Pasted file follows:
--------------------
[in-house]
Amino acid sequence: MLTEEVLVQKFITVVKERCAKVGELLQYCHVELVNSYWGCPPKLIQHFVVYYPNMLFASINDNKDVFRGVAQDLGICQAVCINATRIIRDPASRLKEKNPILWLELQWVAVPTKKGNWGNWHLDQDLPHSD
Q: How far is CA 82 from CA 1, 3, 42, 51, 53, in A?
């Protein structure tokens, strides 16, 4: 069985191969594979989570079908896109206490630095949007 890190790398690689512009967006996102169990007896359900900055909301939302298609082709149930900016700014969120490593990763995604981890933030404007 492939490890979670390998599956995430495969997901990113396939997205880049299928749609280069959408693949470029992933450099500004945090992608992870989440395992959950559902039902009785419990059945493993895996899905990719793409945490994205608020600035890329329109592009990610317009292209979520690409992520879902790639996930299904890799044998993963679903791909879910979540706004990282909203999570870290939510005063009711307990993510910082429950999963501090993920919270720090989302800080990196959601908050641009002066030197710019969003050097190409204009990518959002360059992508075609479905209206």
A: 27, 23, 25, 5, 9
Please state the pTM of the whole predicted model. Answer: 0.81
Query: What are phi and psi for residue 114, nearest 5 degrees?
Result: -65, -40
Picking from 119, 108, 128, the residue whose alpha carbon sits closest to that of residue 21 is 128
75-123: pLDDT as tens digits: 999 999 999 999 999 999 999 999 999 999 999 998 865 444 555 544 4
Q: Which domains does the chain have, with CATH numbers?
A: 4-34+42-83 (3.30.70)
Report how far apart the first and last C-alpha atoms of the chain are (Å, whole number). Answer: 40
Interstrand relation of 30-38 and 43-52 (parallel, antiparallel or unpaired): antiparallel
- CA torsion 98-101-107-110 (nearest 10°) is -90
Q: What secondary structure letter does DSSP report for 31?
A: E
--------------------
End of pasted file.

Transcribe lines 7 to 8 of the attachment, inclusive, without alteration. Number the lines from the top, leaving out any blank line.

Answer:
Query: What are phi and psi for residue 114, nearest 5 degrees?
Result: -65, -40